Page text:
Overcoming bitterness can be hard work, but in the end, it's so worth it. While bitterness is a burden to the soul, forgiveness and patience bring freedom. Let's take a look at Psalm 37 as it teaches us how to overcome bitterness with patience.
I know what you are thinking: Combat bitterness with patience? I don’t know how to be patient either… I’m right there with you, I promise. That’s exactly what struck me about this passage. Here is a little secret: It’s about mindset. We are about to fix our eyes on Jesus!
Let's read Psalm 37:7-9:
“7 Be still before the Lord
and wait patiently for him;
do not fret when people succeed in their ways,
when they carry out their wicked schemes.
8 Refrain from anger and turn from wrath;
do not fret—it leads only to evil.
9 For those who are evil will be destroyed,
but those who hope in the Lord will inherit the land.”
When you approach a passage like this one, here is how I suggest you start:
- Pray for God to give you understanding and open your heart to hear what He has to say to you.
- Determine the genre of the text. Psalms are wisdom literature/poems. Going in, we should expect a lot of figurative language that needs interpretation.
- Check out the context. In the case of Psalms, I highly recommend reading the whole Chapter to get a feel for the flow and overall content. You’ll be better able to discern the few verses I’ve chosen for this blog post.
The first six verses of Psalm 37 actually tell us a lot about the subject matter we are exploring today: How in the world can we remain calm and collected when we have been wronged?
Verse 1 urges us not to be upset or even jealous because of sinful people - ever gone down that road? Verse 2 reminds us that the life of these evil doers is short and will soon be over.
Verse 3-5 encourage us to:
- Trust in the Lord and do good.
- Delight in the Lord.
- Commit your life to the Lord.
What happens when we do those things: God will provide everything we need. He will make our good choices stand out among the wickedness of the world.
In other words: We don’t have to worry about our reputation. (Isn’t that what our bitterness is about sometimes?) He will take care of it.
That’s when we arrive at today’s passage, which essentially reiterates this same concept with a slightly different emphasis. You will see this often in the Psalms: Same or similar concepts are re-iterated to emphasize a point.
Repetition is how we learn, right? There is something here that the Psalmist does not want us to miss. Even the directives in verses 3-5 are very similar in nature (trust in, delight in, commit to the Lord).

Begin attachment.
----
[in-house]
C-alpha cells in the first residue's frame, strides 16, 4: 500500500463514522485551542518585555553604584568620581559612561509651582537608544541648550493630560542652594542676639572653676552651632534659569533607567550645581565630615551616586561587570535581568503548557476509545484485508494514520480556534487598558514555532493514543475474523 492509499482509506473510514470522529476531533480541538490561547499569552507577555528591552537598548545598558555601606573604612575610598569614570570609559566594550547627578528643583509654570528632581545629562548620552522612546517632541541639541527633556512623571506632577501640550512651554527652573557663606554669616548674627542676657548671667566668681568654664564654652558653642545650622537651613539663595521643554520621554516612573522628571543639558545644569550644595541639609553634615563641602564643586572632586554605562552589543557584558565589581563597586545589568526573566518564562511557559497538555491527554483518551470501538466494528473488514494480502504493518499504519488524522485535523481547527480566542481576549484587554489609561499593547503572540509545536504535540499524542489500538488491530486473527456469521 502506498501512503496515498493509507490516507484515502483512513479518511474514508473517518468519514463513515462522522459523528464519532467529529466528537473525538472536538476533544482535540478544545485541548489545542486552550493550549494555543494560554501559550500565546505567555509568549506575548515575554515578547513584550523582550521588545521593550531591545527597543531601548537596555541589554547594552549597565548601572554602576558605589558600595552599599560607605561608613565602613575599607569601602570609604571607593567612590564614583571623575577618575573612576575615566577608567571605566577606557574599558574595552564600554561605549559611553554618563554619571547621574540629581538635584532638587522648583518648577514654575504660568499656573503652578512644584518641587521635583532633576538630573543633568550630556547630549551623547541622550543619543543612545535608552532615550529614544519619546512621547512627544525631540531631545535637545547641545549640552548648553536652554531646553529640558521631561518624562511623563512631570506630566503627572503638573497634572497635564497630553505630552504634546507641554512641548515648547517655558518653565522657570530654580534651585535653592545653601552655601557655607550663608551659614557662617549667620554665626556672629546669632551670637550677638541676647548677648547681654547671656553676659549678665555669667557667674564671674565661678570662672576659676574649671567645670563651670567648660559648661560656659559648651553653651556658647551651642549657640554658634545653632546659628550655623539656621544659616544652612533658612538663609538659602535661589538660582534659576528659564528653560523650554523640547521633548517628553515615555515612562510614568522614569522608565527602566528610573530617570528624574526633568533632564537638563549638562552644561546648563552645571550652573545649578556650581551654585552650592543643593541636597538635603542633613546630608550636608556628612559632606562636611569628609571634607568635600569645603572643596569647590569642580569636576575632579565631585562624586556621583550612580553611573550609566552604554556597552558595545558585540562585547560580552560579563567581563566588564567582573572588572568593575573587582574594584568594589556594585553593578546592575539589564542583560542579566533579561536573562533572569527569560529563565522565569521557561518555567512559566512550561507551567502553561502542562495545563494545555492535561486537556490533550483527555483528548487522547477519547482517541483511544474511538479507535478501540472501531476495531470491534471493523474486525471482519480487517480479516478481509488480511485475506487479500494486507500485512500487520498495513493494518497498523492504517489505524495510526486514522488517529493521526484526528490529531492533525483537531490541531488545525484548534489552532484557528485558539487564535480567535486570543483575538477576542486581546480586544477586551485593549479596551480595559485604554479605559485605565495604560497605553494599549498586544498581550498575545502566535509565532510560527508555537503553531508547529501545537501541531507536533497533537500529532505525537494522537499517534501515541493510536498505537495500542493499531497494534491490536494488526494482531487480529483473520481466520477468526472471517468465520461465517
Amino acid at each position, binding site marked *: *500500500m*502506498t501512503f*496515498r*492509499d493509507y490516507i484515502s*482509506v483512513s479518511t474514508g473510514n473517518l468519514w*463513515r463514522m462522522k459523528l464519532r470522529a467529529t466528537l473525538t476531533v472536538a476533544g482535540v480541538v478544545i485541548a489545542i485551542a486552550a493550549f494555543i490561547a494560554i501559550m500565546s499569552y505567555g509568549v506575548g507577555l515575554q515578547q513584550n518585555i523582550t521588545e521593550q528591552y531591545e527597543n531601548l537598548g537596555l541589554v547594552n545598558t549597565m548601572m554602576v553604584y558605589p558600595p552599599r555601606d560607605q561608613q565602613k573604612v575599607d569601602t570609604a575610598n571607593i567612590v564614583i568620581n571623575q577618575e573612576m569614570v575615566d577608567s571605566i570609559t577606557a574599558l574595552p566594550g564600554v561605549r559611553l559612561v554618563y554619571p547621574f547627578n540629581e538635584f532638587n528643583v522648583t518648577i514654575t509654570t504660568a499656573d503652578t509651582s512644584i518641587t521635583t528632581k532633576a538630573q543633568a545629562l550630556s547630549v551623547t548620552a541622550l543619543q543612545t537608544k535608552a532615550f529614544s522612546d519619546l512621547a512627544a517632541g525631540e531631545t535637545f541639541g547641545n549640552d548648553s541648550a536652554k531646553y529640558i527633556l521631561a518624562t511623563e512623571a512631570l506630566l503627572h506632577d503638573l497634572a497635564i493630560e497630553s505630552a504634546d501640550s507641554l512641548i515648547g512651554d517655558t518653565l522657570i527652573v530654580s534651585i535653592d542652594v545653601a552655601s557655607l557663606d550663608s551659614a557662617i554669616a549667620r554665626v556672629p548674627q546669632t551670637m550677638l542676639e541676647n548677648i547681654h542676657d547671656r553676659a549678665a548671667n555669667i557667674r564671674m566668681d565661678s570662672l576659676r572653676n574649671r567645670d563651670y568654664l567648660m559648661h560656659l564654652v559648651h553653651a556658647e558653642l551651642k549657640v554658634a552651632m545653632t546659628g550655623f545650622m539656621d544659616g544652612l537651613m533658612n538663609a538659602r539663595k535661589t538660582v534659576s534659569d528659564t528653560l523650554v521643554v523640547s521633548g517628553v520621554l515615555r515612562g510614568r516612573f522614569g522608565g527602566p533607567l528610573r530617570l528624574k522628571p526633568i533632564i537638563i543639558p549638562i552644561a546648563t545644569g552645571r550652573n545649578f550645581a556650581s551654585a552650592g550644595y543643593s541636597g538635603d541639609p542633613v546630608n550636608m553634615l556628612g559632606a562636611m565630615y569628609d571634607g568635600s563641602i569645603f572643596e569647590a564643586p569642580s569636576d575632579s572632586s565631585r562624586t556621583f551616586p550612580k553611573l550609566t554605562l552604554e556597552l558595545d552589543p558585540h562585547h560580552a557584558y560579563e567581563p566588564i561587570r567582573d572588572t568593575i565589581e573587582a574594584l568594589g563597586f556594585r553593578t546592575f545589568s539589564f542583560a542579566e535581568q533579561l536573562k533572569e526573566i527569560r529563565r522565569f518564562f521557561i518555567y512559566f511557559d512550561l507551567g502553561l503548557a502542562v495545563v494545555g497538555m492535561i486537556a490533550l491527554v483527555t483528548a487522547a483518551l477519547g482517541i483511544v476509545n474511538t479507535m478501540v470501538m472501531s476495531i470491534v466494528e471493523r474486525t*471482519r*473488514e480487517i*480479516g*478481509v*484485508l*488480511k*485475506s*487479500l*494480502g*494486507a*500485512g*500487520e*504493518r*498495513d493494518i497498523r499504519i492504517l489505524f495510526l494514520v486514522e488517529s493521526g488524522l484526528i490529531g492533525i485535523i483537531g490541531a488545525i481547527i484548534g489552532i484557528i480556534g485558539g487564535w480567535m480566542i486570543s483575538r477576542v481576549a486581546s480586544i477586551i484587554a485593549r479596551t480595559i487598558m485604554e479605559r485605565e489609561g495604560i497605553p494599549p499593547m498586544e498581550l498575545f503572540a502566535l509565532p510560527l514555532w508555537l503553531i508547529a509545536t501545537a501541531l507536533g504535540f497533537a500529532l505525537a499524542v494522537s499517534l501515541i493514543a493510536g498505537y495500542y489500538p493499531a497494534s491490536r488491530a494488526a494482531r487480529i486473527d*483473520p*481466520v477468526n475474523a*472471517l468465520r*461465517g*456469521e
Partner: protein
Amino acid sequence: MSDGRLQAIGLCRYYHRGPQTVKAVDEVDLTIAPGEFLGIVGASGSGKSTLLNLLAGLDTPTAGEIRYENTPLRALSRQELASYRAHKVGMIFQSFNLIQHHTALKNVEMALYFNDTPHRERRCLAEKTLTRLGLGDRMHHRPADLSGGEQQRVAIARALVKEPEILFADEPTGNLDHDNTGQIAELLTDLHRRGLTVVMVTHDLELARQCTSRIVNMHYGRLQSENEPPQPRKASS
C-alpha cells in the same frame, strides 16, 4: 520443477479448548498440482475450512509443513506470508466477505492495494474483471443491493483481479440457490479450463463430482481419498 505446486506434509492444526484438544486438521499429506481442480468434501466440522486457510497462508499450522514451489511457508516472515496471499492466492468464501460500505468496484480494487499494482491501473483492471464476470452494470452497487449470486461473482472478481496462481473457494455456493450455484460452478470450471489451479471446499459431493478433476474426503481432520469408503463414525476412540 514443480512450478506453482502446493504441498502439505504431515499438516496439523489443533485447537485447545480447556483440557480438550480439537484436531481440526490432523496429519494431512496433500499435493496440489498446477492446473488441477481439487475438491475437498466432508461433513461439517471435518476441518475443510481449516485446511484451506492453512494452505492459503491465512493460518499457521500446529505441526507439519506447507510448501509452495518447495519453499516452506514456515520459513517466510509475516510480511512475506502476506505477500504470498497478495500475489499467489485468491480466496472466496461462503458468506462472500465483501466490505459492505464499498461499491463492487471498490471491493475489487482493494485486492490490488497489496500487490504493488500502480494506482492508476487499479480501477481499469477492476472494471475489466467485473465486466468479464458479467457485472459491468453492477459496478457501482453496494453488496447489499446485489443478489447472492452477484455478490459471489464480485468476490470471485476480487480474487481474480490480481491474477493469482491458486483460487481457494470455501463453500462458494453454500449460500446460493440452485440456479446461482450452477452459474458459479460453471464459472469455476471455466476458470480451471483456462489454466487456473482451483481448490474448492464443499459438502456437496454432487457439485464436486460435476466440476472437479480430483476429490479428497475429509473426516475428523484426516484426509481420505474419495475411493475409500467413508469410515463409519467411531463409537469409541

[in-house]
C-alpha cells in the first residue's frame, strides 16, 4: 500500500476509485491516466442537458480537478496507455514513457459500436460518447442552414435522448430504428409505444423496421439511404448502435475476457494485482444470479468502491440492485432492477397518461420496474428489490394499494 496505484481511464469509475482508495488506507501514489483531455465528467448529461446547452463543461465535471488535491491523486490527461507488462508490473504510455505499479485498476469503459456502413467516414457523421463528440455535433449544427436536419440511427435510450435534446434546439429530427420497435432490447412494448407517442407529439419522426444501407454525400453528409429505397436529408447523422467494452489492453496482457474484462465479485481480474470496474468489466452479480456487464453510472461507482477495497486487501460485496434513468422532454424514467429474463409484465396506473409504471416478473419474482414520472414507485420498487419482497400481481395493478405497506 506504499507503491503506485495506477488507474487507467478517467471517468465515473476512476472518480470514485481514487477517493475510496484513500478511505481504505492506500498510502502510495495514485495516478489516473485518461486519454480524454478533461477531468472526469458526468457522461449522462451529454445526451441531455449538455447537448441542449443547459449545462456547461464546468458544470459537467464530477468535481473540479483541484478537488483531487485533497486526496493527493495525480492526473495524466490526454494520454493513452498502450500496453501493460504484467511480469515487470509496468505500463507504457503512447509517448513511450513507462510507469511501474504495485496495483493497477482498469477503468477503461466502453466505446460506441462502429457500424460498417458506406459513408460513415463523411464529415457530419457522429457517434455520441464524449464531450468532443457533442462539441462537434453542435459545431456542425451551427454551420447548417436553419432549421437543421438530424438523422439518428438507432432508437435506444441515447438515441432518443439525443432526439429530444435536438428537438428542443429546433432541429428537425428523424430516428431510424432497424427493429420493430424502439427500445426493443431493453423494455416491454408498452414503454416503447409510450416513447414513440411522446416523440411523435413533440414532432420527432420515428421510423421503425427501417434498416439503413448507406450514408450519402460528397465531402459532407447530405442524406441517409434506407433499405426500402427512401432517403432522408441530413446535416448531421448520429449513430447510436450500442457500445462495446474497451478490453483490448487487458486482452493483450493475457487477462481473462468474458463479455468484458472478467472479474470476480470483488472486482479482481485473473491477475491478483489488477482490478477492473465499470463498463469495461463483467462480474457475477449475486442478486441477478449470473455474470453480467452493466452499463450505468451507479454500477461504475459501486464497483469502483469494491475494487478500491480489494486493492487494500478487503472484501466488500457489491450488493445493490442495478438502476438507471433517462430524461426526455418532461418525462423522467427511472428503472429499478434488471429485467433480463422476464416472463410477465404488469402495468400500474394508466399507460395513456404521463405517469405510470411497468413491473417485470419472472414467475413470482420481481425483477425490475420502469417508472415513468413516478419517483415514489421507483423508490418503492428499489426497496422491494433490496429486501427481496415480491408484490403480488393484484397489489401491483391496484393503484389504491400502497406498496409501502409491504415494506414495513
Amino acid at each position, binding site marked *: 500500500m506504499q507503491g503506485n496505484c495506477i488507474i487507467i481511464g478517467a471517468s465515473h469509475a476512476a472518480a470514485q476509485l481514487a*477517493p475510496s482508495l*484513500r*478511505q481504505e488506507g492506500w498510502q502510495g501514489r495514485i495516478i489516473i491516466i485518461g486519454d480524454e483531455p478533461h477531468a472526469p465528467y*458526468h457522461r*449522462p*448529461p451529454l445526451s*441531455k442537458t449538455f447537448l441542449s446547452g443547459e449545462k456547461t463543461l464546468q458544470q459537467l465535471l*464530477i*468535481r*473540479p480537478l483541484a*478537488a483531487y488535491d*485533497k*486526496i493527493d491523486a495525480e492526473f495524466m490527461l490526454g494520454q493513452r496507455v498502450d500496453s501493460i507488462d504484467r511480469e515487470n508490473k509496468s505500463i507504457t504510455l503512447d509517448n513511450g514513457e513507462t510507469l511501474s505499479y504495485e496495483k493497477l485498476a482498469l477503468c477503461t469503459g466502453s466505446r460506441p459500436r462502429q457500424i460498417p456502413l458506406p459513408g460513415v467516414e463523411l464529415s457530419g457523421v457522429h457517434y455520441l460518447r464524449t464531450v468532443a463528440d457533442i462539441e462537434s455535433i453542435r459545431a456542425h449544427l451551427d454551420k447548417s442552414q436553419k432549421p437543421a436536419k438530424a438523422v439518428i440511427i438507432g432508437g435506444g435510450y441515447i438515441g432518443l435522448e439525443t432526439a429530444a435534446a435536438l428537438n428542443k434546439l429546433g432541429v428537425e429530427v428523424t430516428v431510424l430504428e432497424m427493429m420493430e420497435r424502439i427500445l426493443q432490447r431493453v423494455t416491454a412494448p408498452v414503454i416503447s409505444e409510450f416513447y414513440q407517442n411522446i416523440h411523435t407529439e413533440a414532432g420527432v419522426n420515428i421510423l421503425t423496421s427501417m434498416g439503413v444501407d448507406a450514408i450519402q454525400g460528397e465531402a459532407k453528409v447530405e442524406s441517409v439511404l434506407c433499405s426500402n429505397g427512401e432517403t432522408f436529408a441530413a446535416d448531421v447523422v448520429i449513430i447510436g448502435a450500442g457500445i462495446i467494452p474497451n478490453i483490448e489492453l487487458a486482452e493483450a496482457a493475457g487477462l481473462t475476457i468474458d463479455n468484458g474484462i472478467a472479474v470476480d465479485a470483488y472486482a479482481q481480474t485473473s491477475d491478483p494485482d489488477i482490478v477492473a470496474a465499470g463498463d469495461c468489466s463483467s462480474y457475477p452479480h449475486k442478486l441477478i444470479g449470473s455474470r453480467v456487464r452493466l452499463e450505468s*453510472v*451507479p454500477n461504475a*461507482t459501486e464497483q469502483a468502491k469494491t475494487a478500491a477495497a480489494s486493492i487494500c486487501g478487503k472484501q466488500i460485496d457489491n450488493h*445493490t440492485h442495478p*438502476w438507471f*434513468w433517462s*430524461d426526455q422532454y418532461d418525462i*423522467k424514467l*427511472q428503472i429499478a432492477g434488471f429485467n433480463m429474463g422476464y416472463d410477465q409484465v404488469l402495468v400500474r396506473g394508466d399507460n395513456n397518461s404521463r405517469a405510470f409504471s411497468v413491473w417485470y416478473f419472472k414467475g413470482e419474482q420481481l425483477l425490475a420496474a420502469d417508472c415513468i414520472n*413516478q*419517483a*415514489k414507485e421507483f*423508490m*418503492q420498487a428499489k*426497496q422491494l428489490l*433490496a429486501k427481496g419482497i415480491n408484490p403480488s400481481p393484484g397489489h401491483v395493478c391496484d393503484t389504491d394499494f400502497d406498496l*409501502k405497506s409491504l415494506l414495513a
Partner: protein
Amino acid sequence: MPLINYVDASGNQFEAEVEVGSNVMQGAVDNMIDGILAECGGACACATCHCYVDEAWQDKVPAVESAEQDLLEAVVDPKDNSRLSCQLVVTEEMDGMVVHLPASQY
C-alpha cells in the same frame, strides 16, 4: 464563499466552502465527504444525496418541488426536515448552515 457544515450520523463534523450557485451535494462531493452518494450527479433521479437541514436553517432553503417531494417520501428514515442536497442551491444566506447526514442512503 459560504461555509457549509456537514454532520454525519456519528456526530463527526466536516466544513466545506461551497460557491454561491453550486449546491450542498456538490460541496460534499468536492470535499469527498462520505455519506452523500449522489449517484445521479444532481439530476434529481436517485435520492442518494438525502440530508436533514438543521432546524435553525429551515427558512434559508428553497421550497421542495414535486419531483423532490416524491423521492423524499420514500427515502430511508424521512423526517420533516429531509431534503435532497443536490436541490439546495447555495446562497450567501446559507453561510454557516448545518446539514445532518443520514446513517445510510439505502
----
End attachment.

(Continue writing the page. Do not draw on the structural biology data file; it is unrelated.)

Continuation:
We see a similar concept in the next two verses:
7 Be still before the Lord and wait patiently for him; do not fret when people succeed in their ways, when they carry out their wicked schemes. 8 Refrain from anger and turn from wrath; do not fret—it leads only to evil.
What are our directives here?
- Be still before the Lord.
- Wait patiently for the Lord.
- Do not worry when evil people are successful in their wrongdoing.
- Do not get angry.
- Turn away from wrath.
- Do not worry.
We find a repetitive list of warnings against a certain type of behavior and mindset. Worry and anger should not occupy our minds, even when we are wronged. That’s what we may consider bitterness. It’s not God’s will for us.
Why? Check verse 8 again. Those thoughts only lead to evil.
Instead, what should be our focus? Verse 7 tells us. Be still before the Lord and wait on Him. The NIRV puts it this way: “Be still. Be patient. Wait for the Lord to act.”
Your situation may seem unfair to you now, but you do not see the full picture that God sees. He knows. He is just. He cares for you.
I don’t know how your particular scenario will play out here on earth, but I do know this:
9 For those who are evil will be destroyed, but those who hope in the Lord will inherit the land.
You can rest easy that God will bring about justice. Beyond that, I want to challenge you even further.
Remember that, ultimately, salvation is granted to those who repent from their sins, who love and follow God. Don’t forget that you, too, have hurt others and have been forgiven by the God against whom you sinned first and foremost.
While fire and brimstones - and yes, justice - await those who have not repented and turned to God, I hope that our heart and prayer will always be for those who have wronged us to come to know Jesus as their personal Savior.
Tell me, how has God worked in your heart to teach you this lesson already? Is this a new challenge to you, or has God been working in your heart for a while? How might being patient for God to act allow you to put your bitterness aside and focus on the Lord instead?
May God help us all to overcome bitterness!